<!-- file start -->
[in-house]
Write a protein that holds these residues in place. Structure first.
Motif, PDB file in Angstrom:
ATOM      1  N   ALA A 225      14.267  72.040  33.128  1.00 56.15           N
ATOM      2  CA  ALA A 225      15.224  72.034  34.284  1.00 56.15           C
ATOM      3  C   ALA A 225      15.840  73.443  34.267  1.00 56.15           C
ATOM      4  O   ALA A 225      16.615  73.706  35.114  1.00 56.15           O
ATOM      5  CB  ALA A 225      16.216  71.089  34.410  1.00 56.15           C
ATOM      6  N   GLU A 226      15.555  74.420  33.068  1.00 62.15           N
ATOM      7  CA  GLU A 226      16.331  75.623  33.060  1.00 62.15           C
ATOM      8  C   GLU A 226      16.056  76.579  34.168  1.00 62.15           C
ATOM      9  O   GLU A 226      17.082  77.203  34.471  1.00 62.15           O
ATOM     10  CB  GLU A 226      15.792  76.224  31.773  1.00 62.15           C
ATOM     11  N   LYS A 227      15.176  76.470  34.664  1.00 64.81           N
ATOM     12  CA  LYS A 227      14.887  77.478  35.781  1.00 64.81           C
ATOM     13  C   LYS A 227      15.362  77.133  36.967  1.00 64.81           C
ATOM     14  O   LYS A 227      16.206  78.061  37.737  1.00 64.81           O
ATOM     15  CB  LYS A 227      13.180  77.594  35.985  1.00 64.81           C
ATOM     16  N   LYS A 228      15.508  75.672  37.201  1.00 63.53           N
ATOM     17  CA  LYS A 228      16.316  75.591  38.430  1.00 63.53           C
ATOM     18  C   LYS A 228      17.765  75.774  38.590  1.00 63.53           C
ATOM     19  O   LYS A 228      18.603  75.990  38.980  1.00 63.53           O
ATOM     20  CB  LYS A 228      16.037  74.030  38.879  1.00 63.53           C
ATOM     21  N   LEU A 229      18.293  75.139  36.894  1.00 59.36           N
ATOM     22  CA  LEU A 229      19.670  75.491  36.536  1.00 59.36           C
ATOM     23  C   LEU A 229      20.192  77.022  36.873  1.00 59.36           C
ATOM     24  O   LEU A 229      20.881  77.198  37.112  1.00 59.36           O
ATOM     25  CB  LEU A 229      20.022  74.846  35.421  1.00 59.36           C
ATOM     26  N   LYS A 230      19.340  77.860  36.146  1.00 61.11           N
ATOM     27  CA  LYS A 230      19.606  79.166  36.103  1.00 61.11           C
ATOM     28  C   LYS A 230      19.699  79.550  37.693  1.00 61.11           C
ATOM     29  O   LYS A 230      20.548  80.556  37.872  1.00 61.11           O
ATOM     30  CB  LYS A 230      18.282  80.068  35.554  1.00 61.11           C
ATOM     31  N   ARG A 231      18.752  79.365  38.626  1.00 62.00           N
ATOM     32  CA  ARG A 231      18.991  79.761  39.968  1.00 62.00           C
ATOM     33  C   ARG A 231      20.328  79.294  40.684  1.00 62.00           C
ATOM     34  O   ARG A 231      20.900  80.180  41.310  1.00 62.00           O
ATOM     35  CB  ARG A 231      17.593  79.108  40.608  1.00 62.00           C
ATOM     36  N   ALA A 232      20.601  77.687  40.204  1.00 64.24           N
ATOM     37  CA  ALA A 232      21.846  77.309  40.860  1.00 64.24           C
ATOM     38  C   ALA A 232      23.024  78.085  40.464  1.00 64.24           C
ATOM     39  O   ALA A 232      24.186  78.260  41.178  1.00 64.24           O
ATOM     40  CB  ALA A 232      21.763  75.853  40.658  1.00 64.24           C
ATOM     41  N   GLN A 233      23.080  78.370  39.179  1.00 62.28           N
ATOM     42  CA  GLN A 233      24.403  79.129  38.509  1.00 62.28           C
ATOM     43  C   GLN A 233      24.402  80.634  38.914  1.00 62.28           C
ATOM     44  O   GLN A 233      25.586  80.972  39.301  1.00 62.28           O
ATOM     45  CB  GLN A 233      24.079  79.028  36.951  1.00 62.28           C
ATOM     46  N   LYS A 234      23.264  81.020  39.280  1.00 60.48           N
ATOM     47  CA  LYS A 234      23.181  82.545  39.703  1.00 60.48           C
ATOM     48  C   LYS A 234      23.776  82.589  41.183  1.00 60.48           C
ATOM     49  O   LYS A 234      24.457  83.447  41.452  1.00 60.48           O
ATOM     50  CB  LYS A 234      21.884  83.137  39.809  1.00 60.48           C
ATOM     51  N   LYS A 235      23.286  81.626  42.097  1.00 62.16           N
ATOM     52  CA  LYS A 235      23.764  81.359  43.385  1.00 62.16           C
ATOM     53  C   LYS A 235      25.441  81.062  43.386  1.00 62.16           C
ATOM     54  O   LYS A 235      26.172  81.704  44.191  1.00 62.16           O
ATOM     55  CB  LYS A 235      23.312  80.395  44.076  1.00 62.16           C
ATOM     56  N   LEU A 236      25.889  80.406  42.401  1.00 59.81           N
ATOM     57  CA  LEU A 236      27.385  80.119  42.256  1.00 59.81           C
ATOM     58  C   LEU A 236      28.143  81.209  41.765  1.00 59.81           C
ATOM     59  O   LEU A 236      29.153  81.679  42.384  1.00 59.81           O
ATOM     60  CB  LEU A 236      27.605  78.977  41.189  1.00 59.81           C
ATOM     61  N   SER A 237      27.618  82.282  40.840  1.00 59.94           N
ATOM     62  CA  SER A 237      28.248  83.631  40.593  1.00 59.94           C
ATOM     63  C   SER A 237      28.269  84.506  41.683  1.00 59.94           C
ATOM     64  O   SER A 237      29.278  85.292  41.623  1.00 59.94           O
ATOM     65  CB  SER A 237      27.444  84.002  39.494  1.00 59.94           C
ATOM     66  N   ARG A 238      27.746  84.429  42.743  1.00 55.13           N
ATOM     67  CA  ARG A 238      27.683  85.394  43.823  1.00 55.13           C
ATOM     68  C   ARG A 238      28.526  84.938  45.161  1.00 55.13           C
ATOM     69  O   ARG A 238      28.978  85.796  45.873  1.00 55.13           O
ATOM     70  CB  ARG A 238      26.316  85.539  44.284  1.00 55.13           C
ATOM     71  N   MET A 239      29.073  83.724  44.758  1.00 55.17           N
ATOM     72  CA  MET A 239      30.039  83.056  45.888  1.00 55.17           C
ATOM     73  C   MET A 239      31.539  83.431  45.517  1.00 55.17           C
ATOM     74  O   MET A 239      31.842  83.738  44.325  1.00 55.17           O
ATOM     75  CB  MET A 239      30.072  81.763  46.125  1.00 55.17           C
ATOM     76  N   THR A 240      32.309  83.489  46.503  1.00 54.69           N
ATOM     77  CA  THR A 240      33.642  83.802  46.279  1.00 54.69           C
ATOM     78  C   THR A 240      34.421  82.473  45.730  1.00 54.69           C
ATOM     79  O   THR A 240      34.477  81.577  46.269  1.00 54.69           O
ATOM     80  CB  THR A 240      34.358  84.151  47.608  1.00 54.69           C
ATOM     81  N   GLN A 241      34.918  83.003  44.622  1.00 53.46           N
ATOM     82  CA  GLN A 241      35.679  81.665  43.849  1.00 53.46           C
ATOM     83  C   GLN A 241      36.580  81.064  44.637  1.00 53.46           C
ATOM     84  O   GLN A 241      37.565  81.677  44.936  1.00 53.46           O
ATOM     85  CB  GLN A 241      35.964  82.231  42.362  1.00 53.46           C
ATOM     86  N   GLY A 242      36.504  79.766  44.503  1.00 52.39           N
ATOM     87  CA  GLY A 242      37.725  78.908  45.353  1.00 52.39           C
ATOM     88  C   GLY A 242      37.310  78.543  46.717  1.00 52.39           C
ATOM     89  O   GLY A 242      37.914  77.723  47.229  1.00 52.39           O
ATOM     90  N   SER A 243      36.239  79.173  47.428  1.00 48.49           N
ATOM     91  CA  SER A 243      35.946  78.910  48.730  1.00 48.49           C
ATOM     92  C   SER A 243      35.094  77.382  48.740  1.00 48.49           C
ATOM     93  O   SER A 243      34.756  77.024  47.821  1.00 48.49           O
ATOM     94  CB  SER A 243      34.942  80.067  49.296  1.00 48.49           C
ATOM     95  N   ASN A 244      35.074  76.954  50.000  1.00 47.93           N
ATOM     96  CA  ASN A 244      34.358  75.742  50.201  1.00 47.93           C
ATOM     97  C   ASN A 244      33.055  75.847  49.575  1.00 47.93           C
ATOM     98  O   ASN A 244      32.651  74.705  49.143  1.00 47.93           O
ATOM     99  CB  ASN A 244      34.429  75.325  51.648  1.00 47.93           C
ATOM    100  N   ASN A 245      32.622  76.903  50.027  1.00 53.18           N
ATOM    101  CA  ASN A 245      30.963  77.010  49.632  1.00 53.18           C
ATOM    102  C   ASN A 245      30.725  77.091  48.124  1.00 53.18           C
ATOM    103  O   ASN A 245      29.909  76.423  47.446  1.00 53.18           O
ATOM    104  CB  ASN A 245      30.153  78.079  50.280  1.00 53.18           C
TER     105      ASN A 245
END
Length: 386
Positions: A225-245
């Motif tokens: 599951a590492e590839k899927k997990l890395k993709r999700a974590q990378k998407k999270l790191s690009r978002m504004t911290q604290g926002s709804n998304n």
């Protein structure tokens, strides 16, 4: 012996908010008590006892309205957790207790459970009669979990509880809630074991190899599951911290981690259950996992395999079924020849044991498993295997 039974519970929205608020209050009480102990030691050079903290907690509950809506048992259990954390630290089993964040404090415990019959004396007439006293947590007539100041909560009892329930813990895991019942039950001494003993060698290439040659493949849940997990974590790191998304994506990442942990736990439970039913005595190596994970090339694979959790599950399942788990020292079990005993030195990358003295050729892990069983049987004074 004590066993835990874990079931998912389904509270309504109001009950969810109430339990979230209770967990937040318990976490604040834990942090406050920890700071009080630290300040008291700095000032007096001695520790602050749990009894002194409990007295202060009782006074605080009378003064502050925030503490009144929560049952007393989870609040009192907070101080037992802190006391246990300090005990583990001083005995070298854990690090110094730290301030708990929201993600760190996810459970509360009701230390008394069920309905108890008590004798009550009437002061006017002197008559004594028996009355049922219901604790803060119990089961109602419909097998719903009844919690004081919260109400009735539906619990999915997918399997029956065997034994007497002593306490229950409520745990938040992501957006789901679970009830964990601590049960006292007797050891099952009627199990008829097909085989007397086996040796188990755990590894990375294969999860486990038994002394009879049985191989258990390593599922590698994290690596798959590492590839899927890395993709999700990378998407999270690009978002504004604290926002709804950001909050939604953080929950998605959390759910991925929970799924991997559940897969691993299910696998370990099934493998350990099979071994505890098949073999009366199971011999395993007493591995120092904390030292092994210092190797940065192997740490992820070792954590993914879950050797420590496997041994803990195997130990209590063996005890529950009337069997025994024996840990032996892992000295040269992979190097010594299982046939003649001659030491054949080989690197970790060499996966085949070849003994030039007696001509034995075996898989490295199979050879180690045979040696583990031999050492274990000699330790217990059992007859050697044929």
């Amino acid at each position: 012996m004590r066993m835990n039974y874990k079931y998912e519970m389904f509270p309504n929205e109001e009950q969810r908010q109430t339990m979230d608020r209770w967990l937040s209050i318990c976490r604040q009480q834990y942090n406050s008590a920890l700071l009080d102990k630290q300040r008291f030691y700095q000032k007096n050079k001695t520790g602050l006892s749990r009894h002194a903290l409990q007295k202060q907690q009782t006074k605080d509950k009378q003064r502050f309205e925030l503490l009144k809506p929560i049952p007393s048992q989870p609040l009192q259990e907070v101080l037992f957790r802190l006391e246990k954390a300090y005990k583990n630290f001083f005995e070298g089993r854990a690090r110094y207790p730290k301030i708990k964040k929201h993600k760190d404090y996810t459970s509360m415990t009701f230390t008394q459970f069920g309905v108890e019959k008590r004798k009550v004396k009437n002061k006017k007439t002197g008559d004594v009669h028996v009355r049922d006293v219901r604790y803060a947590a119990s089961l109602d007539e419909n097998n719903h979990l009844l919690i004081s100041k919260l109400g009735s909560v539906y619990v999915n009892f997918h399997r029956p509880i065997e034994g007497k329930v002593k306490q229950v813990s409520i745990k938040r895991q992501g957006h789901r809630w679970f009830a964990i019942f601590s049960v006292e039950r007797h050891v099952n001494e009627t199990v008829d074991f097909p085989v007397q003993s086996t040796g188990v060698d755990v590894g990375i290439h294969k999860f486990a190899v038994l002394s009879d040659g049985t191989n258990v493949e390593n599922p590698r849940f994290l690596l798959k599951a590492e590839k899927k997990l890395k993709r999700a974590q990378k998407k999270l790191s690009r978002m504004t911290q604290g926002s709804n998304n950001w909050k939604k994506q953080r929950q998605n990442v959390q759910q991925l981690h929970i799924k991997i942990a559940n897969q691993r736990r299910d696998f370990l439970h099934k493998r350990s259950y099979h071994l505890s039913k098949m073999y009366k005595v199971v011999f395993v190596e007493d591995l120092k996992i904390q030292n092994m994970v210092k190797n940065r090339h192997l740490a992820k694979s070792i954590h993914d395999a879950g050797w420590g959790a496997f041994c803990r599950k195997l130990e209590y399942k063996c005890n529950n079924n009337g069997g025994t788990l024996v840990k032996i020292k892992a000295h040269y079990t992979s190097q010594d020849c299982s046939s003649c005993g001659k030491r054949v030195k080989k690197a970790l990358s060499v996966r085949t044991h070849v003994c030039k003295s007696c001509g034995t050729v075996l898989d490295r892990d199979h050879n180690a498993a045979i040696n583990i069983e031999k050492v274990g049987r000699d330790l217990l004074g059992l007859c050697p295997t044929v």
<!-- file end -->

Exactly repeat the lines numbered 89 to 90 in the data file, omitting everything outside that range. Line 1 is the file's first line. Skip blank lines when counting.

ATOM     86  N   GLY A 242      36.504  79.766  44.503  1.00 52.39           N
ATOM     87  CA  GLY A 242      37.725  78.908  45.353  1.00 52.39           C